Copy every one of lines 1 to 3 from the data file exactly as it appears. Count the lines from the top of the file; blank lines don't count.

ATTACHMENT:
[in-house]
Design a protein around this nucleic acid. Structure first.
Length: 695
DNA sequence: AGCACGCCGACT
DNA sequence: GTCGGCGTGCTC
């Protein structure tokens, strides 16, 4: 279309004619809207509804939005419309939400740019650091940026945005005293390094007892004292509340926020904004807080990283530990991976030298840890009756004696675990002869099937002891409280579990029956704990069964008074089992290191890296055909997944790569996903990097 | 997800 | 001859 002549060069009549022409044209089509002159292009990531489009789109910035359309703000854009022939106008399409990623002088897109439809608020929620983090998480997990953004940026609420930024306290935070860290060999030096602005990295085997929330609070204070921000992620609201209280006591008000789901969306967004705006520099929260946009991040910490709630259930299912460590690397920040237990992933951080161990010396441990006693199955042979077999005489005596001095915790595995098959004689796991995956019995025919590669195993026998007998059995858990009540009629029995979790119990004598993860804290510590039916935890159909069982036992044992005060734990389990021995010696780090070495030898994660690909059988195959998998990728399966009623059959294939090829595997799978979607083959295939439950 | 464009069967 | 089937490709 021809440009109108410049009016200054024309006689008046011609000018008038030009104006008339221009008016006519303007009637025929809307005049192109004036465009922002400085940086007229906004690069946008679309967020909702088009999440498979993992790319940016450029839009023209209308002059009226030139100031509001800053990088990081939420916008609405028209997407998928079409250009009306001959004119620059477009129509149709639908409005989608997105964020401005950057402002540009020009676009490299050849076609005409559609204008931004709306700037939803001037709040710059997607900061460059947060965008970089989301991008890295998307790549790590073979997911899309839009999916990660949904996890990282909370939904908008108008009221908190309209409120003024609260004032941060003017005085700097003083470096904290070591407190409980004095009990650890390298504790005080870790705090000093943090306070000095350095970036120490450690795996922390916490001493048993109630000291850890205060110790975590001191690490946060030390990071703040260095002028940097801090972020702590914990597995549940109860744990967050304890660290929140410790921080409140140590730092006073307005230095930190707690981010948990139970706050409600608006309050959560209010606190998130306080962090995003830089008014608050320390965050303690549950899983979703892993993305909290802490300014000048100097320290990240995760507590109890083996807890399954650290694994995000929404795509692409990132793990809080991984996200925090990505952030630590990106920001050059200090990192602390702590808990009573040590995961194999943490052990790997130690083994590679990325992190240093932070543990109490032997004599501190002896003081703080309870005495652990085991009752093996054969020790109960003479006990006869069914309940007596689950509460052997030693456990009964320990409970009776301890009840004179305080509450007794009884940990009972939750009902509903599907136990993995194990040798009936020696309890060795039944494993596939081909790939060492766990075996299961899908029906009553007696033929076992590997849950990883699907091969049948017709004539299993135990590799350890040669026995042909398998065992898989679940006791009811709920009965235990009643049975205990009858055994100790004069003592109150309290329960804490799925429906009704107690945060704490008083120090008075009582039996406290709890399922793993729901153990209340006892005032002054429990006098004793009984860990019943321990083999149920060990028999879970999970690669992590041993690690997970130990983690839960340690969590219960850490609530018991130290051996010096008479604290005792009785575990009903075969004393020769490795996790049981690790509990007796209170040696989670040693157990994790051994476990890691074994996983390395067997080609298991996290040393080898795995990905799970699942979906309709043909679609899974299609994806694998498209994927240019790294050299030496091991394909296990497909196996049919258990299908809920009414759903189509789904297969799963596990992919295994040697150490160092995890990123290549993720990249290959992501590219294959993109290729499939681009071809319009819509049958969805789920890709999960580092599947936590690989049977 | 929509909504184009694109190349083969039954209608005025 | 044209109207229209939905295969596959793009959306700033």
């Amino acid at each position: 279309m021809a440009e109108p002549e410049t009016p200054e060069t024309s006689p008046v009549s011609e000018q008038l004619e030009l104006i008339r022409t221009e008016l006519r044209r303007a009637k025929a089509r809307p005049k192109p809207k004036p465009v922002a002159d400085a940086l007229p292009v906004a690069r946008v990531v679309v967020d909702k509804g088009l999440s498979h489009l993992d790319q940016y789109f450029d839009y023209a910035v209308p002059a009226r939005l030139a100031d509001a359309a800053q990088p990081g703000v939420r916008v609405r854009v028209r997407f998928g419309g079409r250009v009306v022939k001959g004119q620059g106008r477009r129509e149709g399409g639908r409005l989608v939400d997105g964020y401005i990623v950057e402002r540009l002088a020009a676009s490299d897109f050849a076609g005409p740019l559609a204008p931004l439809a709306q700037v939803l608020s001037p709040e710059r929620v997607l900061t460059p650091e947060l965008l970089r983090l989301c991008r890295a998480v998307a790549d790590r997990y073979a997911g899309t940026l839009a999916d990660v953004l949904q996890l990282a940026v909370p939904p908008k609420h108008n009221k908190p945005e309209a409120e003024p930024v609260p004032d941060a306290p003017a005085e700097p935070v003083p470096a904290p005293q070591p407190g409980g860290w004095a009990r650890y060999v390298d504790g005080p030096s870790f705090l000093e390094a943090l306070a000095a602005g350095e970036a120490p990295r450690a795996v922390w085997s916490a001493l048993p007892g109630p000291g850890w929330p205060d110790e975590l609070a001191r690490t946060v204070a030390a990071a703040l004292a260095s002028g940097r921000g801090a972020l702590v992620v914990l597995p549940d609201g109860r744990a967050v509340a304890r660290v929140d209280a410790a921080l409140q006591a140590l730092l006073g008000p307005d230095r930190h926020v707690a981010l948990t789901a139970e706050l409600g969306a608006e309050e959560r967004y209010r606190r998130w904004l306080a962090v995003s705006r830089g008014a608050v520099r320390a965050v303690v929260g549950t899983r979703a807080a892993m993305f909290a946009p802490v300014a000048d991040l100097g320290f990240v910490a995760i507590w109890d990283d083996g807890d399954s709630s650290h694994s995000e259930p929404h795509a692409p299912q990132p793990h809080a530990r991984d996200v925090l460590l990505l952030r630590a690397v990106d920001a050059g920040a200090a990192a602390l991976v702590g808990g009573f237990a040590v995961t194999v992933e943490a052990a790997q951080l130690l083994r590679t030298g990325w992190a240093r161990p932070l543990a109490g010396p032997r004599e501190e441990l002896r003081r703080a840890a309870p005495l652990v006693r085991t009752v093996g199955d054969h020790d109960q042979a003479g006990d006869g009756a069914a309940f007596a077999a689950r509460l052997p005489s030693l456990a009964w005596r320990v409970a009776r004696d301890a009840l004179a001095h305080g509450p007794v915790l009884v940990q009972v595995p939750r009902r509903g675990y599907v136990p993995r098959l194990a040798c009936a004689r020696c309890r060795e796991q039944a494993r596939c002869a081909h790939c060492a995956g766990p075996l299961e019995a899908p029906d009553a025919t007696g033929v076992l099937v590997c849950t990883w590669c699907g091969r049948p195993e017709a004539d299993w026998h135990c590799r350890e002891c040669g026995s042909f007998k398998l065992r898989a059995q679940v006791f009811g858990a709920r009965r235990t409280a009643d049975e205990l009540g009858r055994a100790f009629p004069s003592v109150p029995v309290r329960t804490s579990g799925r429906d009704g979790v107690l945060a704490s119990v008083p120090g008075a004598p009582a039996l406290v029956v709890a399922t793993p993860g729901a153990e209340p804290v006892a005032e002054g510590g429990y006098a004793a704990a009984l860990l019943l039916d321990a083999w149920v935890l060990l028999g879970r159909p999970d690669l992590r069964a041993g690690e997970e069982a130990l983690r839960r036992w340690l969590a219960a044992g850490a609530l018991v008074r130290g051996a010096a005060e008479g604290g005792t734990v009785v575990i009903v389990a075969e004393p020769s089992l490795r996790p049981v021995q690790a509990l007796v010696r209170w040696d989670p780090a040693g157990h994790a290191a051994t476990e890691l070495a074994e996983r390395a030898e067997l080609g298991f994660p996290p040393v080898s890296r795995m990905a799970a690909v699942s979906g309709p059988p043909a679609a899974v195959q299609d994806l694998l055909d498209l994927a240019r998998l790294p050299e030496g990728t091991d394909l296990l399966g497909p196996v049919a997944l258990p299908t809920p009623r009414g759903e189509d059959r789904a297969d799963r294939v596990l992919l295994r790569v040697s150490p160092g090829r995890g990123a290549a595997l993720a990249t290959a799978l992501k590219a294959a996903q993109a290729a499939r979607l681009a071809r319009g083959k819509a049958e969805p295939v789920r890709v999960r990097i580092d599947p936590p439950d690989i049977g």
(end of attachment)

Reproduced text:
[in-house]
Design a protein around this nucleic acid. Structure first.
Length: 695